When I woke up Saturday morning, I listened for rain -- even before opening my eyes.
I had told myself that if it was raining I wasn't going to run the Big Lake Half Marathon in Alton. But I didn't hear the sound of raindrops on the windows, so I reluctantly peeled my eyelids back to face the morning.
Within a few minutes, I was dressed in my running gear and packing a bag of things to keep my body fueled throughout the day -- a couple of GU gels, jellybeans, a banana, an orange, Gatorade and water. (I didn't end up eating all of those things, but thought that it was better to be over-prepared than under-prepared.)
I met up with Erin in Rochester so we could carpool to Alton, where we filed into the parking lot with the other runners. (Neither of us had an official number for the race after some last-minute changes in plans, so we decided we'd jump in at the starting line and jump out before the chute at the end of the race.)
We found Coach Jack and the TnT-ers in the school gym, dressed in their distinct purple singlets. Erin and I both wore TnT shirts, convincing ourselves that it wouldn't be as bad to 'illegally' run the race if we were there to support the other TnT-ers.
We lost the group somewhere near the starting line. As the race started and we made our way around Alton Bay, Erin and I chatted about nothing in particular -- running stuff, personal life stuff, plans to run the Maine Marathon (she's also signed up).
Somewhere between Mile 3 and 4, Erin decided that she was going to turn back. I felt pretty good and knew I could finish the 13.1 miles, so I kept going.
As I ran up the steady incline along Route 11, I found myself passing bunches of runners. From time to time, I'd end up chatting with the person next to me for a moment (wearing a Team In Training shirt sparks a lot of conversation).
There was a woman who told a story of running an Alaska marathon with TnT -- and having the race diverted because a moose was crossing the trail. And there was a TnT-er from the Boston team who was running her first half marathon. Then I caught up with Kara, one of my fellow Disney teammates.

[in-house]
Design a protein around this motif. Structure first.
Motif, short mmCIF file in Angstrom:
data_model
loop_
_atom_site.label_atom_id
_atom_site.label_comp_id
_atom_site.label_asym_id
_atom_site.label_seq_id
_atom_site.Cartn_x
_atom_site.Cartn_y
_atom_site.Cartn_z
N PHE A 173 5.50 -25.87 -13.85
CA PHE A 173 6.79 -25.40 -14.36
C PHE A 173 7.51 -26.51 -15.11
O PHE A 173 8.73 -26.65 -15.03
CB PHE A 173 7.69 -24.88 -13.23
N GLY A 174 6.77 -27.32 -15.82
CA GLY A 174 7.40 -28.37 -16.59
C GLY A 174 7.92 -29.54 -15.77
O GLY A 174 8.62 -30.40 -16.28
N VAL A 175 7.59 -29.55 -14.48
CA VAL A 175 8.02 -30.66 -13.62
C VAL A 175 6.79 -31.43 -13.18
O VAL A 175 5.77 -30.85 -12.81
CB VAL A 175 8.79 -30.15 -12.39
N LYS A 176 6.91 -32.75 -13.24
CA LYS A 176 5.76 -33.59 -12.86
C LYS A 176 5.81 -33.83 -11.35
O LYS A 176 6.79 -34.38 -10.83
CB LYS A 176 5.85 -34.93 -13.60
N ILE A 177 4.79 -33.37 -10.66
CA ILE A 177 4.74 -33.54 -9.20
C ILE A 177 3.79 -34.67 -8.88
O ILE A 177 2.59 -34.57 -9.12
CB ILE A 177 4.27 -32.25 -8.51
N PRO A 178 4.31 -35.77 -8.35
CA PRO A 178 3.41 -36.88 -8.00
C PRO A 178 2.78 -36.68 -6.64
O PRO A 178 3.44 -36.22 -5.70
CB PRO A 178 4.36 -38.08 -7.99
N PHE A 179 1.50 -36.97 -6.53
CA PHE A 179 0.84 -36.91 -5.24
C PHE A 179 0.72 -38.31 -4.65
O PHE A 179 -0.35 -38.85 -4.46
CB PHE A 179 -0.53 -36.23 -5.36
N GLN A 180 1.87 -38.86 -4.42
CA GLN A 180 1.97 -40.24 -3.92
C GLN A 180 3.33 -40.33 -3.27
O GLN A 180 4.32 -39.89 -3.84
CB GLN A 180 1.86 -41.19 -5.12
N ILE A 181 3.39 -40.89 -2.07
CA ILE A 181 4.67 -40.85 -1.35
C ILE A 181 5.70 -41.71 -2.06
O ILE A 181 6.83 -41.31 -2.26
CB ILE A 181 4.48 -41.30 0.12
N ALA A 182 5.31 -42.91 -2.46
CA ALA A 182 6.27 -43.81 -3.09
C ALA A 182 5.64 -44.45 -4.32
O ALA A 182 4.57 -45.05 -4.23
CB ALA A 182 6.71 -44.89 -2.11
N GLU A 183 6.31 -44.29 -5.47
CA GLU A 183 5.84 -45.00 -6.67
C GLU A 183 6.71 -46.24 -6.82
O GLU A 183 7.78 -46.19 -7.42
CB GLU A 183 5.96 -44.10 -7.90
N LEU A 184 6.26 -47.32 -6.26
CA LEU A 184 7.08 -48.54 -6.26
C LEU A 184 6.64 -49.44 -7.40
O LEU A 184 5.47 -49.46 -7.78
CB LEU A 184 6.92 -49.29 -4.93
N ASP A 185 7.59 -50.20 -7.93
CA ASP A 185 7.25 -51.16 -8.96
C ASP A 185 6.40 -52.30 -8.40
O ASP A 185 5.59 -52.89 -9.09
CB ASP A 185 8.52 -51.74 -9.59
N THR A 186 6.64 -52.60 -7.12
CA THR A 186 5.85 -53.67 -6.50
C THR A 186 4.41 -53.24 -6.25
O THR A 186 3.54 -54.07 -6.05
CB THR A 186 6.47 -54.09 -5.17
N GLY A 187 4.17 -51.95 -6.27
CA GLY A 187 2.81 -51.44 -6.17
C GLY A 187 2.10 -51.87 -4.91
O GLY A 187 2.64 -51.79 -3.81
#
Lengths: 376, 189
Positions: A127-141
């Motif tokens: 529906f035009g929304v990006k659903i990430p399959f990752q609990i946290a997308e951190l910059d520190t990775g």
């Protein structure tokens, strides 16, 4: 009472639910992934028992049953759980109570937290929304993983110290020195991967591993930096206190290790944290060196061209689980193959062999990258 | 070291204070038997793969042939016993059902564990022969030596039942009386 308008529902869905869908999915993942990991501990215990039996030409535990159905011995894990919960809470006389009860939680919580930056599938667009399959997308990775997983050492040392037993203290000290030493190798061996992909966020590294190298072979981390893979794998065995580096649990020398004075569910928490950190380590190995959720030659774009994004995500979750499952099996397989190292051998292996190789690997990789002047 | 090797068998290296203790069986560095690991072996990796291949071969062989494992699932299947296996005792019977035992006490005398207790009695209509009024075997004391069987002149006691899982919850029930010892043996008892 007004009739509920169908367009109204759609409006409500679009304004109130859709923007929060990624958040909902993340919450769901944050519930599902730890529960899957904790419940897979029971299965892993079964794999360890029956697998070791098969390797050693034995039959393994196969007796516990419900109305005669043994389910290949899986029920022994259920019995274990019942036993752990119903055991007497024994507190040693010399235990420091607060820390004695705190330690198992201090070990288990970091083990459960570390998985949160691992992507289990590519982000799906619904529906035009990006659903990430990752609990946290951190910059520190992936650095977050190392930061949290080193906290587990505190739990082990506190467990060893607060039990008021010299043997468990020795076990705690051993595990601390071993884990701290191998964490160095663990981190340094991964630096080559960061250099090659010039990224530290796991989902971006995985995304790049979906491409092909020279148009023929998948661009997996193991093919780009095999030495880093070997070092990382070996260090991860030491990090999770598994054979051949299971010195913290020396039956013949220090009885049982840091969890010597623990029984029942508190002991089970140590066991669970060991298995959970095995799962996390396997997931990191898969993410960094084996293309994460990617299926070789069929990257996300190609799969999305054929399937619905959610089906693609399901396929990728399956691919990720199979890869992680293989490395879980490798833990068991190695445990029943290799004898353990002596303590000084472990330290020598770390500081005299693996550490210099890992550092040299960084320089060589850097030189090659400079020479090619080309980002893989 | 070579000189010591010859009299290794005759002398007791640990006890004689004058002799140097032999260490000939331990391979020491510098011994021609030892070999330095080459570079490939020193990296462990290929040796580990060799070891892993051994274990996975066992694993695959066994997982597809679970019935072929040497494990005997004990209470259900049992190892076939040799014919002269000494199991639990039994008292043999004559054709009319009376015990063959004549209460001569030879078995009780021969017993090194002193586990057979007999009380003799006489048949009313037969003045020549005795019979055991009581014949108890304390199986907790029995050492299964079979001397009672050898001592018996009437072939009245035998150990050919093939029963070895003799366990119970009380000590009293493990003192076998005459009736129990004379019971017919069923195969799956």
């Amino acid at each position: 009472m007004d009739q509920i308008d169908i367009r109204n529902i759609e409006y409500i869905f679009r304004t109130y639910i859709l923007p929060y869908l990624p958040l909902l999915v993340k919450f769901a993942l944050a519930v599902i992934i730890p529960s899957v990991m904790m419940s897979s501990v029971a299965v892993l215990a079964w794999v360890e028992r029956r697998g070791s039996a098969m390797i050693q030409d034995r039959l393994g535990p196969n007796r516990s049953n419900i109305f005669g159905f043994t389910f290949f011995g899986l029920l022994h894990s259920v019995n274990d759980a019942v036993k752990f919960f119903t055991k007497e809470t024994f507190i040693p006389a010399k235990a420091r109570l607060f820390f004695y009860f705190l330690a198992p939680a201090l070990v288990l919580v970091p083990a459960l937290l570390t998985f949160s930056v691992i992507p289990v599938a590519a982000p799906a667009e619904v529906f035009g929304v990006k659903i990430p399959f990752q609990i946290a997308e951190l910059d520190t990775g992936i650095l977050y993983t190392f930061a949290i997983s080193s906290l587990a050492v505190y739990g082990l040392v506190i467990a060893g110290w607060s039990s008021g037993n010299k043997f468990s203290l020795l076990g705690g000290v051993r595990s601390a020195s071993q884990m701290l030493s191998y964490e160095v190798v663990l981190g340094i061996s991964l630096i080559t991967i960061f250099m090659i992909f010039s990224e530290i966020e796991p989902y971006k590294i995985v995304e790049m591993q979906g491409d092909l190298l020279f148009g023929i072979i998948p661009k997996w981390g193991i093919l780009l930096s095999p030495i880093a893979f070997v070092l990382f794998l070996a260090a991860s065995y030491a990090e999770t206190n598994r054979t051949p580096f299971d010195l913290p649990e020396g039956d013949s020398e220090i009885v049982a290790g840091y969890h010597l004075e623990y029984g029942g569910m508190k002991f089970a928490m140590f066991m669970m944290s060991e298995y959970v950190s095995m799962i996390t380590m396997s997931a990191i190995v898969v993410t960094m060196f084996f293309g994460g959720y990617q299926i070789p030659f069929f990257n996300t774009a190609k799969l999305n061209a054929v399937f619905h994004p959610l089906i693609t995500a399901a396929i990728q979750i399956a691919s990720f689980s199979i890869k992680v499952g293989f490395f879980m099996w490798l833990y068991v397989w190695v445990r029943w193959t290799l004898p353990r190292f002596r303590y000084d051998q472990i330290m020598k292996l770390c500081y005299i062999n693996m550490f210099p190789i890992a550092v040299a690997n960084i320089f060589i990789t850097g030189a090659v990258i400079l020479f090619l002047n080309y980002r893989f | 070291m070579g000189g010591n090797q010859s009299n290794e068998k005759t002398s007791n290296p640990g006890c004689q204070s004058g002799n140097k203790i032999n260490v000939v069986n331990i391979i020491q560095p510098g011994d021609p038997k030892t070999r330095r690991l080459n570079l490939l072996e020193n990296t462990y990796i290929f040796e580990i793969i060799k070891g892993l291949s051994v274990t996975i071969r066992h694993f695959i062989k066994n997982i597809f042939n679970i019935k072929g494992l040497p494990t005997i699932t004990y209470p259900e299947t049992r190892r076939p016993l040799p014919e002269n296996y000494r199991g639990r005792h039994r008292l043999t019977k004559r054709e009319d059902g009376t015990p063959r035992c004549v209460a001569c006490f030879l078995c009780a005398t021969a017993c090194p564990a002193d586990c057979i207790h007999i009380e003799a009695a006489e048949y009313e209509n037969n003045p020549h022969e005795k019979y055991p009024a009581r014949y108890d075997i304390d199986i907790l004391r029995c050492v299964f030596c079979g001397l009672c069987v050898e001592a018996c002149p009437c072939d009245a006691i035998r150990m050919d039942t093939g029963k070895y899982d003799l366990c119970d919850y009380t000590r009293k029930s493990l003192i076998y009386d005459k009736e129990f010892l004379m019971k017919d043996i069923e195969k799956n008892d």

Soon afterward I found myself running alone for a while. The steady incline continued and I made my way up the hill, taking in the views of the Lake Winnipesaukee. I passed an entertaining mile marker at Mile 5 that featured loud disco music, people in leisure suits and bubbles in the air.
And then Scott found me.
Scott's training for a marathon in San Diego on June 1 and was working on his longest run of his training on Saturday. He arrived before the race to get in 7 miles and would complete another 13 with the race.
Somewhere along the route, I told Scott that I felt bad that I didn't have a number and was running unofficially. He said not to worry because I was there supporting him today as part of TnT. Maybe he was just helping to rationalize my race entry, but it did help to know that I was helping him that day.
During the half marathon at Great Bay last month, Scott really pulled me through the last few miles. If not for him, I would have done a lot of walking. I couldn't take the hills anymore and just wanted to quit. He helped me mentally finish the run.
So Saturday's Big Lake was just the opportunity for me to return the favor.
I could tell that somewhere around Mile 8, Scott was getting less interested in talking. (It was Mile 15 for him.) He was approaching what is sometimes referred to as the Bite Me Stage -- a point at which you just want to finish and hidden parts of your personality will leap out at whomever is nearby.
Scott just got quieter, so I ceased the small talk and just focused on running next to him -- encouraging him up the hills, offering whatever fuel I had in my pouch and generally just moving forward.
As the mileage increased, so did Scott's pace. By the time we met up with Erin at a water stop (she stayed to help out during the race) around Mile 10, he was running at a pretty good clip.
Erin and I picked up with chit-chat as Scott continued his now-silent run. I could tell he just wanted it to be over. We offered some words of encouragement here and there as Scott neared his 20-mile mark.
As we make our way down the straight-away to the Finish Line, Erin and I left the pack (running unofficially, we couldn't run through the timing chute at the end). Scott continued to pick up his pace and press on toward the finish, determined to hit the 20-mile mark that day.
We lost Scott in the crowd at the Finish Line, which is unusual because he's 6'5"-ish and usually easy to spot. Erin and I hoped that he made it through the Finish okay and figured that he just wanted to get home and left immediately after the Finish.
I finished the 13.1 miles feeling pretty good -- it was the first time that I actually felt that I could have kept running, not that I was just pushing myself to finish the race.
It also felt pretty good that I could help out a fellow TnT-er. It's one of the great things about being part of a team, even if not officially.